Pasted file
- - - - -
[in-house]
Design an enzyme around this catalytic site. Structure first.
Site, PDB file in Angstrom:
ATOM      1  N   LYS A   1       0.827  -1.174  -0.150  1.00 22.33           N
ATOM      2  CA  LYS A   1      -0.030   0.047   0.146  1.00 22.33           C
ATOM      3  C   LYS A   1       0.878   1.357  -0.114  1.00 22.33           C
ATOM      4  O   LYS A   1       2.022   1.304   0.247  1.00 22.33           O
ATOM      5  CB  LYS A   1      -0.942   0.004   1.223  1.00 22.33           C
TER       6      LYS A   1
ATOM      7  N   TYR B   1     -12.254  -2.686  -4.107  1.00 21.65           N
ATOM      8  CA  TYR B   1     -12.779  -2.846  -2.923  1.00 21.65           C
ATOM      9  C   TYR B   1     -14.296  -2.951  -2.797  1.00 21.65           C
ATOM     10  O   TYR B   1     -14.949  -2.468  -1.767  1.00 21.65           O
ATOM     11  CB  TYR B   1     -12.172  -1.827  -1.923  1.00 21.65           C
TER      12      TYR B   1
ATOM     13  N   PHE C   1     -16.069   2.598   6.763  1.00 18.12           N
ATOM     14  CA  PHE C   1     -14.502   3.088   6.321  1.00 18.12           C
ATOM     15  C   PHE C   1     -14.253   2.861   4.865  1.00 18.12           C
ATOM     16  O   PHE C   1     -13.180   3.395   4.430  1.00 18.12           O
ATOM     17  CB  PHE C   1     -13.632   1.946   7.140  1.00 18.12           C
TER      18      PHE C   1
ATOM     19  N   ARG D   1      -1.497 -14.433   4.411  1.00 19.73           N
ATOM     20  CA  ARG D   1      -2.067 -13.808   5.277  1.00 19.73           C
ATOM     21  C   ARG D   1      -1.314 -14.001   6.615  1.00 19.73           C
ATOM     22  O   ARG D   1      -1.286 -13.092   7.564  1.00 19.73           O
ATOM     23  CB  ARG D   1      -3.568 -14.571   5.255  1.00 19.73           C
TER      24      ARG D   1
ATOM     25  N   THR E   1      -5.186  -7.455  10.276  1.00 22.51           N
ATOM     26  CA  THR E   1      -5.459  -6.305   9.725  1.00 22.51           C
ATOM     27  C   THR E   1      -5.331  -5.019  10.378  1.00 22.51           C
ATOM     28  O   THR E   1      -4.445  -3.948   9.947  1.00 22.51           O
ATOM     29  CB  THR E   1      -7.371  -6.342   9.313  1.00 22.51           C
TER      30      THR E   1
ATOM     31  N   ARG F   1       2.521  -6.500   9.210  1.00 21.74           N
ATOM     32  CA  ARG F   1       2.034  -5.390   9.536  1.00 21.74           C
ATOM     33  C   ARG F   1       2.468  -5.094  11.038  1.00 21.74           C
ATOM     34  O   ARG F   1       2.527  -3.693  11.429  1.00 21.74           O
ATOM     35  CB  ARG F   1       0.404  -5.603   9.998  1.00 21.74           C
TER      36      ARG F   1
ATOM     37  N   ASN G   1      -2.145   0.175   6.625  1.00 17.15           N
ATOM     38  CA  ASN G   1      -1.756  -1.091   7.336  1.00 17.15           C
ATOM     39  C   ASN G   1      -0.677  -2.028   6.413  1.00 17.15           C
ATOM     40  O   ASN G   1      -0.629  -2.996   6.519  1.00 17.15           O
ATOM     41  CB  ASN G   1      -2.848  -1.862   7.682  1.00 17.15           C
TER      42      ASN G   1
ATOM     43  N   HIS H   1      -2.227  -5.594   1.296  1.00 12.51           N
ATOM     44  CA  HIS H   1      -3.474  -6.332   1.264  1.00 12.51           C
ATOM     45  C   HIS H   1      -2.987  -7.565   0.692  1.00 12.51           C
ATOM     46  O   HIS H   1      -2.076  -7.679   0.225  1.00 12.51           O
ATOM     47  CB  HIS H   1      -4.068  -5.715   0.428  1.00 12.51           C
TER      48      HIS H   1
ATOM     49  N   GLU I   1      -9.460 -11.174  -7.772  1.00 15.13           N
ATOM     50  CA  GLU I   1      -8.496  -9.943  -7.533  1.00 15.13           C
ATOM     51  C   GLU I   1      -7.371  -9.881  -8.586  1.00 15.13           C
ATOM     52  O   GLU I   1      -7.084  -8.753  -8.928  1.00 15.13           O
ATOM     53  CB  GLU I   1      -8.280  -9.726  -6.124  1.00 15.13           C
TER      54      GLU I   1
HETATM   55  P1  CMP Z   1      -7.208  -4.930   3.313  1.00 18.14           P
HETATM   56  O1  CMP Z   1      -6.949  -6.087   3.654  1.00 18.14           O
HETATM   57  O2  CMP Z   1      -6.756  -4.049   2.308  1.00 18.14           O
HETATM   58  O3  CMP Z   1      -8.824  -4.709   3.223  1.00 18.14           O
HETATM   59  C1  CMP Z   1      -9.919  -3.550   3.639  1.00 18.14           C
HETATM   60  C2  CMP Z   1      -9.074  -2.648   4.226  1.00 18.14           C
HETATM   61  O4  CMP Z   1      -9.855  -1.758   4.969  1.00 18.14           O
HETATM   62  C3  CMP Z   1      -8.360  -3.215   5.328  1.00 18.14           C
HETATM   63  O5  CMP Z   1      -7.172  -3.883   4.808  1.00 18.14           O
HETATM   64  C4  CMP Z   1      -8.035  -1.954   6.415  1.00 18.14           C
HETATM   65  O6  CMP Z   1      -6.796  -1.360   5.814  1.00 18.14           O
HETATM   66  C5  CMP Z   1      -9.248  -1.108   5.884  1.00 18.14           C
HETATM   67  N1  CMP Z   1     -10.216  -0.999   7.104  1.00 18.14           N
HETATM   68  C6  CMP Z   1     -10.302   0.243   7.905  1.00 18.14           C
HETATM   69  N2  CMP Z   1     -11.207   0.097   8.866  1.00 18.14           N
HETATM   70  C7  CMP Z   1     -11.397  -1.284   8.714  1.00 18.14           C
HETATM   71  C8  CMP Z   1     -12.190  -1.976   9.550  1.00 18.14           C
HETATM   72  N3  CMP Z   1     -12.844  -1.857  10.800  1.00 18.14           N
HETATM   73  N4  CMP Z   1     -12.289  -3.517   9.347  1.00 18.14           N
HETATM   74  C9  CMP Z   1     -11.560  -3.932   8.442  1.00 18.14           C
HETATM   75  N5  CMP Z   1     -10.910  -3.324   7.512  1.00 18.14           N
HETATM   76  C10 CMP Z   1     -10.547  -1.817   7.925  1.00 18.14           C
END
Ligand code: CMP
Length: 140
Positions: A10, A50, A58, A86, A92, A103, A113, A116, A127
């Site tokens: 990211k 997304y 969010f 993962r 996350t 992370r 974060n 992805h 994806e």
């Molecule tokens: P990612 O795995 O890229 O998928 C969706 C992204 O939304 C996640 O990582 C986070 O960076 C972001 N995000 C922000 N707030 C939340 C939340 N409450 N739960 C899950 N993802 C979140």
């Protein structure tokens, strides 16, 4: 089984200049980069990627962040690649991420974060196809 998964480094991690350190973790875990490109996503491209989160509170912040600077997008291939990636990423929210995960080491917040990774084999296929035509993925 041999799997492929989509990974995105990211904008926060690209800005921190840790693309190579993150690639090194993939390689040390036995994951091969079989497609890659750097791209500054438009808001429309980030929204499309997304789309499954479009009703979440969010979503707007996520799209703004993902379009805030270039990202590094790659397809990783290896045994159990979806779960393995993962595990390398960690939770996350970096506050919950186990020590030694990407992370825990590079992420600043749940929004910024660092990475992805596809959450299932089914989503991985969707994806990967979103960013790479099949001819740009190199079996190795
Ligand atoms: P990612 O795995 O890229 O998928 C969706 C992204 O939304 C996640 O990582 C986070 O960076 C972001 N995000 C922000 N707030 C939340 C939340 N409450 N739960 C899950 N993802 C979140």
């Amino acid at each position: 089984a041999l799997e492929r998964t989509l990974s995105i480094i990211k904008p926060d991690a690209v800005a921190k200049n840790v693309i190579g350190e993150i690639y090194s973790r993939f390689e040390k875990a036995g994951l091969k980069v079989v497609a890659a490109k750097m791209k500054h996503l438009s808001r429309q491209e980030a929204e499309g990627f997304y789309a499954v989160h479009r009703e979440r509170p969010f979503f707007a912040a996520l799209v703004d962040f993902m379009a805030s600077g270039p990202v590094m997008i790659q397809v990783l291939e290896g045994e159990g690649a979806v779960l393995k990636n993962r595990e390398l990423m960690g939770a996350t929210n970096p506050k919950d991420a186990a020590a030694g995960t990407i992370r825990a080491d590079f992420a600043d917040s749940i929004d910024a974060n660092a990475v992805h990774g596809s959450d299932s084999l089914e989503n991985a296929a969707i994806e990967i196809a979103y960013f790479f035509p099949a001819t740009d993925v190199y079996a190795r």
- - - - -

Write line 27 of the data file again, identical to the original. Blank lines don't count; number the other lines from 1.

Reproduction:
TER      24      ARG D   1